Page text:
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  1. #51

    Join Date
    Jan 2018
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    1,083
    "I think that is why the phrase English as an Additional Language is used. A good phrase, which seems to show respect for both languages."


    In the US it is called "ESOL" which stands for "English for speakers of other languages." It used to be "English as a second language" ("ESL") but ESOL was deemed more accurate, more respectful, not sure. Also many of the children and adults learning English speak several languages so "second" was incorrect. It's been in use for at least 10 years or so...probably closer to 20.

    My daughter's old school district:

    https://www.fcps.edu/academics/acade...languages-esol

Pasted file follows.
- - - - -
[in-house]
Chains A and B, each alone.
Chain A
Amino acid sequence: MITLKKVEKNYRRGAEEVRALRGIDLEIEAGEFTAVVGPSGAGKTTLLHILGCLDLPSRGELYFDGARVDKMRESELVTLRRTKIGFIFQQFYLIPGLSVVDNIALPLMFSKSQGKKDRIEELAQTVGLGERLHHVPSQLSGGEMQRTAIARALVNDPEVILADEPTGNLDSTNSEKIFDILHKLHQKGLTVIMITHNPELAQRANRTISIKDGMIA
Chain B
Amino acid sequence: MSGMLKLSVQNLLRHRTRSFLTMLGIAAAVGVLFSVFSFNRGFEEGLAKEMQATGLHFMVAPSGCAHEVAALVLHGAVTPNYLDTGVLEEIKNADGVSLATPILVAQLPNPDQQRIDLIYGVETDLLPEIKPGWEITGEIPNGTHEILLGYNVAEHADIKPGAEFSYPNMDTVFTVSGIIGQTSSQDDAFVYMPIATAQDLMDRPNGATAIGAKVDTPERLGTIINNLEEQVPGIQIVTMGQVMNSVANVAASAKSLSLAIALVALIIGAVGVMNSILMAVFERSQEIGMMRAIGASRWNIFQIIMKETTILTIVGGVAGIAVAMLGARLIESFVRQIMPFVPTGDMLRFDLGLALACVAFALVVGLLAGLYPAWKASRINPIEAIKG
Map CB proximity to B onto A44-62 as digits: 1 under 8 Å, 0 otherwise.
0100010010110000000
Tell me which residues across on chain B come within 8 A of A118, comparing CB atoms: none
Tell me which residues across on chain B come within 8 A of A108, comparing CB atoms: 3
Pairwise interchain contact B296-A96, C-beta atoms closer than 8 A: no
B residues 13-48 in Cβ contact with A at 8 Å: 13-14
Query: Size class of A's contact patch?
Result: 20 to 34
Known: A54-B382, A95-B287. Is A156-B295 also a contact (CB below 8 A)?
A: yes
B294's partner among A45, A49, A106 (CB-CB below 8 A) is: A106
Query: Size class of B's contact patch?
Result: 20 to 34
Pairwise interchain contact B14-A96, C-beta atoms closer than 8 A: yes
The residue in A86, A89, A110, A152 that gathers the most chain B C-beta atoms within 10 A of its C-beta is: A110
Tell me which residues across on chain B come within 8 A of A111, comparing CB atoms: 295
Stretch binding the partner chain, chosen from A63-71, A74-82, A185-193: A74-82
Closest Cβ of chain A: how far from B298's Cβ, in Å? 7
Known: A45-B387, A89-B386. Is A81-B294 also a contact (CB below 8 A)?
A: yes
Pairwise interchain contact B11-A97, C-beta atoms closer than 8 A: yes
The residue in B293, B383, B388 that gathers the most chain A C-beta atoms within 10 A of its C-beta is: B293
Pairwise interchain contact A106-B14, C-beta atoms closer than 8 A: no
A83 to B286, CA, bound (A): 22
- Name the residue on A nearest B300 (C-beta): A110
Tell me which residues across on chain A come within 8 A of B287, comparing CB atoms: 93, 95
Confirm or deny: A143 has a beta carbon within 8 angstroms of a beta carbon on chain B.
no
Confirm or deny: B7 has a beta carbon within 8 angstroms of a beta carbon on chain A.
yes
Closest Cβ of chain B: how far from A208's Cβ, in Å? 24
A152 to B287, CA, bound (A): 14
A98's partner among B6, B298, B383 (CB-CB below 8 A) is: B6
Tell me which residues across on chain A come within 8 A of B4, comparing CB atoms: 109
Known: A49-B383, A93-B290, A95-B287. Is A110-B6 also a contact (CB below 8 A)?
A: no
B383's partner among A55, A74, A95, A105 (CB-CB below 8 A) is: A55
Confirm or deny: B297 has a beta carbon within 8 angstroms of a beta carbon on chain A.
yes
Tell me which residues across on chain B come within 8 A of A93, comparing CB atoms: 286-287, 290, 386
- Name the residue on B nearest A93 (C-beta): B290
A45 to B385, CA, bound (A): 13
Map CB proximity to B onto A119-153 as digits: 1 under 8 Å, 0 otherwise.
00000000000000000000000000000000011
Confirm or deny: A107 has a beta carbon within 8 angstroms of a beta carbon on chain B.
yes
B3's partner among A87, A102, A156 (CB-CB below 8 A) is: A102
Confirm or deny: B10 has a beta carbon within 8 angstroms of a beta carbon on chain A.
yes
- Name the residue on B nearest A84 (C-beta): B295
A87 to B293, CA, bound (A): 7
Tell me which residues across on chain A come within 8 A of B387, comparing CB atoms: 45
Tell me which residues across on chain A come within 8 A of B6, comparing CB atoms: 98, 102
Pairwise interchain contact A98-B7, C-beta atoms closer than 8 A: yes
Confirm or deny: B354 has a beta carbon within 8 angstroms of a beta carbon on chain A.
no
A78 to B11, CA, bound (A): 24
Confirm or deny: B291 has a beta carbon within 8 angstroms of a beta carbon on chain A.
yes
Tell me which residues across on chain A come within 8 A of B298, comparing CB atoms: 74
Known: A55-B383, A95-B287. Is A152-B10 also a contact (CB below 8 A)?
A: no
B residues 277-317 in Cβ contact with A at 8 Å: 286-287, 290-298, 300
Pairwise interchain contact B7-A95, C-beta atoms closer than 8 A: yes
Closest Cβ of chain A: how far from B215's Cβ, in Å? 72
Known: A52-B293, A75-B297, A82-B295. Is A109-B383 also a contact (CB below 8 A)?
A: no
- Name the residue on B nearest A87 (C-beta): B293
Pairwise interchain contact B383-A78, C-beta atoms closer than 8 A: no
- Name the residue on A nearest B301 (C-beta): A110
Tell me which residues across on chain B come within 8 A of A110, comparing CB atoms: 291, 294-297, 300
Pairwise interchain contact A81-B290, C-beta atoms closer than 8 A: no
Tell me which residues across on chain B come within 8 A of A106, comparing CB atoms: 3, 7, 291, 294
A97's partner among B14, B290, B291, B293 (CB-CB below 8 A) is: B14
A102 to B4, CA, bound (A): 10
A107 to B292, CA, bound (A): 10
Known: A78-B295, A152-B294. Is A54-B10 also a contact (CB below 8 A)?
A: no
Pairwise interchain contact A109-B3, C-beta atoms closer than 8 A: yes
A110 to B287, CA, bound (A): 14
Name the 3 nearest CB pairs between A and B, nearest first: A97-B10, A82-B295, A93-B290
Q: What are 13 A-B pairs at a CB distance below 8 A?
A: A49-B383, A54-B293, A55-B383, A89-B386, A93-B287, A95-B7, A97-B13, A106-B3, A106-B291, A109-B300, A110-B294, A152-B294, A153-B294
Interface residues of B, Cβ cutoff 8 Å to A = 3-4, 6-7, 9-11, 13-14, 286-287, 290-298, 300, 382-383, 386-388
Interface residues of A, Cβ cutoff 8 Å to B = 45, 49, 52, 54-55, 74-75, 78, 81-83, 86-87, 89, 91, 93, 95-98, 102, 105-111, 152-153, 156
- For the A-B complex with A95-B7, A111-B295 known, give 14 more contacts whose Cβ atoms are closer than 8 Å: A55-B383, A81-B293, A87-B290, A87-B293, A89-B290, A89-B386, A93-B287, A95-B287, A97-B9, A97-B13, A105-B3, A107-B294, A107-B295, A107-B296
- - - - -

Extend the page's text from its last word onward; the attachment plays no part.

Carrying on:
Last edited by MABinPengChau; 08-11-2018 at 06:15 PM.
    shri and R.O. like this.

  2. #52

    Join Date
    Apr 2010
    Posts
    581

    Ee-zed

    One of the oddities of HK English is the pronunciation of the last letter of the alphabet.

    A good explanation I have heard is that when children learn to recite the alphabet, they merge the last two letters: "Why-ee-zed."

    But I have recently come across this rhyming couplet written by Christopher Smart in the 1750s:

    Oh! how we warble in our gizzards,
    With X X's, H H's and with Z Z's.
    And I have read that in some dialects, Z is or once was pronounced "izzard". So the HK pronunciation may not be as odd as it seems.

  3. #53

    Join Date
    May 2008
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    In HK when spelling my name, if there is any confusion I go directly to the HK-F as in eh-foo

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  4. #54

    Join Date
    Jan 2011
    Posts
    2,102
    Quote Originally Posted by Fiona in HKG
    go directly to the HK-F as in eh-foo
    You need to go “Full-Hongkie” when pronouncing SF-Express:

    Es-sy Ef-foo Ex-sy Pres-sy (8 syllables instead of 4)

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